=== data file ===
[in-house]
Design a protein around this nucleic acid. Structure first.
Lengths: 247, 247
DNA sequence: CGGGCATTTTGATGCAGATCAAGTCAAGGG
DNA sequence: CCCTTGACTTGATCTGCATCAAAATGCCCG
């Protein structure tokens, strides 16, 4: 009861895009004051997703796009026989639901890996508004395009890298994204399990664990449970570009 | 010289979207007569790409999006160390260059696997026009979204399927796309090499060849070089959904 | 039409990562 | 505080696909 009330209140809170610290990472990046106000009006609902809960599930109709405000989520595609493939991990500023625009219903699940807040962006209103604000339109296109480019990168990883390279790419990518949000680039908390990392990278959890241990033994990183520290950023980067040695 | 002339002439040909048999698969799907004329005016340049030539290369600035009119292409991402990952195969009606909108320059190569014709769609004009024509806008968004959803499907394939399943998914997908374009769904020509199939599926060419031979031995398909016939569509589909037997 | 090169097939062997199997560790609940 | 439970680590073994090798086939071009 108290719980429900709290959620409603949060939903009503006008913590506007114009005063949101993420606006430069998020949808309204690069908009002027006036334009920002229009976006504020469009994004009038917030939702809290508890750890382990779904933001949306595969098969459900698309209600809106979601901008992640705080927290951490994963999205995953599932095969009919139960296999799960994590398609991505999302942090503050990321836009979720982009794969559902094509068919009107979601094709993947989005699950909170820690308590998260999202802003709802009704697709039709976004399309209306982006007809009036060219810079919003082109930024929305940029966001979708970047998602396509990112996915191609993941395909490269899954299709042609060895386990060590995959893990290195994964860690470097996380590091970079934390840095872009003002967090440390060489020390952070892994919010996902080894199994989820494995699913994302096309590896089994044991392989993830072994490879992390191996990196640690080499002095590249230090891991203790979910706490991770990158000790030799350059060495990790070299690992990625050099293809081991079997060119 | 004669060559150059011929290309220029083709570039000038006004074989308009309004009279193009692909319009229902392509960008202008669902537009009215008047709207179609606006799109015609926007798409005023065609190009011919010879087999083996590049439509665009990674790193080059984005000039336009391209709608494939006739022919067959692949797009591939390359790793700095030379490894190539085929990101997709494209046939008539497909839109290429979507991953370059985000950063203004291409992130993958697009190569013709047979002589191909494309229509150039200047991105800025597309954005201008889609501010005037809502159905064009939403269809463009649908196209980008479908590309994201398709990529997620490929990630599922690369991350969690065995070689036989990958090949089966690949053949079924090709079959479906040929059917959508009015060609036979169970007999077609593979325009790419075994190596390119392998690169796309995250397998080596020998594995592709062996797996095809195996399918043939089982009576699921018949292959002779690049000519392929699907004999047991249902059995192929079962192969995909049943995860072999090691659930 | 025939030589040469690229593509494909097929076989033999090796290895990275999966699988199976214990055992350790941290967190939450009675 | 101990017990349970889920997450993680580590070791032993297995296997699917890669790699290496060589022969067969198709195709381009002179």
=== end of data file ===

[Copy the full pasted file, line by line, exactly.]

[in-house]
Design a protein around this nucleic acid. Structure first.
Lengths: 247, 247
DNA sequence: CGGGCATTTTGATGCAGATCAAGTCAAGGG
DNA sequence: CCCTTGACTTGATCTGCATCAAAATGCCCG
């Protein structure tokens, strides 16, 4: 009861895009004051997703796009026989639901890996508004395009890298994204399990664990449970570009 | 010289979207007569790409999006160390260059696997026009979204399927796309090499060849070089959904 | 039409990562 | 505080696909 009330209140809170610290990472990046106000009006609902809960599930109709405000989520595609493939991990500023625009219903699940807040962006209103604000339109296109480019990168990883390279790419990518949000680039908390990392990278959890241990033994990183520290950023980067040695 | 002339002439040909048999698969799907004329005016340049030539290369600035009119292409991402990952195969009606909108320059190569014709769609004009024509806008968004959803499907394939399943998914997908374009769904020509199939599926060419031979031995398909016939569509589909037997 | 090169097939062997199997560790609940 | 439970680590073994090798086939071009 108290719980429900709290959620409603949060939903009503006008913590506007114009005063949101993420606006430069998020949808309204690069908009002027006036334009920002229009976006504020469009994004009038917030939702809290508890750890382990779904933001949306595969098969459900698309209600809106979601901008992640705080927290951490994963999205995953599932095969009919139960296999799960994590398609991505999302942090503050990321836009979720982009794969559902094509068919009107979601094709993947989005699950909170820690308590998260999202802003709802009704697709039709976004399309209306982006007809009036060219810079919003082109930024929305940029966001979708970047998602396509990112996915191609993941395909490269899954299709042609060895386990060590995959893990290195994964860690470097996380590091970079934390840095872009003002967090440390060489020390952070892994919010996902080894199994989820494995699913994302096309590896089994044991392989993830072994490879992390191996990196640690080499002095590249230090891991203790979910706490991770990158000790030799350059060495990790070299690992990625050099293809081991079997060119 | 004669060559150059011929290309220029083709570039000038006004074989308009309004009279193009692909319009229902392509960008202008669902537009009215008047709207179609606006799109015609926007798409005023065609190009011919010879087999083996590049439509665009990674790193080059984005000039336009391209709608494939006739022919067959692949797009591939390359790793700095030379490894190539085929990101997709494209046939008539497909839109290429979507991953370059985000950063203004291409992130993958697009190569013709047979002589191909494309229509150039200047991105800025597309954005201008889609501010005037809502159905064009939403269809463009649908196209980008479908590309994201398709990529997620490929990630599922690369991350969690065995070689036989990958090949089966690949053949079924090709079959479906040929059917959508009015060609036979169970007999077609593979325009790419075994190596390119392998690169796309995250397998080596020998594995592709062996797996095809195996399918043939089982009576699921018949292959002779690049000519392929699907004999047991249902059995192929079962192969995909049943995860072999090691659930 | 025939030589040469690229593509494909097929076989033999090796290895990275999966699988199976214990055992350790941290967190939450009675 | 101990017990349970889920997450993680580590070791032993297995296997699917890669790699290496060589022969067969198709195709381009002179």